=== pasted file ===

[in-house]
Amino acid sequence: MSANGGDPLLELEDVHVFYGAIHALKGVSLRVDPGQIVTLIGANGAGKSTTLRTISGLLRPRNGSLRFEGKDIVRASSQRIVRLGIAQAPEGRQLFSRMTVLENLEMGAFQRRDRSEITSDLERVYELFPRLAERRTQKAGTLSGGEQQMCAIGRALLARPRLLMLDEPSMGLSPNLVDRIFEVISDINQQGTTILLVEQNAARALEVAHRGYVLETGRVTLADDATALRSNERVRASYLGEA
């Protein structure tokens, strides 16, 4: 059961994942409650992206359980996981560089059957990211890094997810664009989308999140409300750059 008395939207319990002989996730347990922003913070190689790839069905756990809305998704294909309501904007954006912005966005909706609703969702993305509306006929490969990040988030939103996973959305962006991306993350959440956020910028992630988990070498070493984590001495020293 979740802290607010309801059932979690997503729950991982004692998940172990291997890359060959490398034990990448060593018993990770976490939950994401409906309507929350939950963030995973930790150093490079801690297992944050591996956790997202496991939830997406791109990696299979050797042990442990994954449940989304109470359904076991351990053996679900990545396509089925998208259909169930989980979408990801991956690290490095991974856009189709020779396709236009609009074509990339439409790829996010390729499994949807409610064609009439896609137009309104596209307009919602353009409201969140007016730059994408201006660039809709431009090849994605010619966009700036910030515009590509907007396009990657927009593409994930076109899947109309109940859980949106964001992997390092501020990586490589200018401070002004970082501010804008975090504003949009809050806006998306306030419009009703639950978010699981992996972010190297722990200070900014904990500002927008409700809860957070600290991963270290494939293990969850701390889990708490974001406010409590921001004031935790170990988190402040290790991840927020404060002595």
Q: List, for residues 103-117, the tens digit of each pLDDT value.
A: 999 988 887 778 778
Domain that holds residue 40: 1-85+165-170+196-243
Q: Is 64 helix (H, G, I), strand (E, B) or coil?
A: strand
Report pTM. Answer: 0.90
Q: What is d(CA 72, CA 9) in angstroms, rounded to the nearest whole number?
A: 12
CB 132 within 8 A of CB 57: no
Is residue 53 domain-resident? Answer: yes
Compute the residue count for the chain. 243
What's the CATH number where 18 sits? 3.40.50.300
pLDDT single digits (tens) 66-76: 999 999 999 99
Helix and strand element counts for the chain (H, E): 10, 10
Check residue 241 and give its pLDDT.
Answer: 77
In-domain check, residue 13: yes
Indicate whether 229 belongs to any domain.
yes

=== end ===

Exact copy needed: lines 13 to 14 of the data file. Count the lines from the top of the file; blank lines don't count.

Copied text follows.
Is residue 53 domain-resident? Answer: yes
Compute the residue count for the chain. 243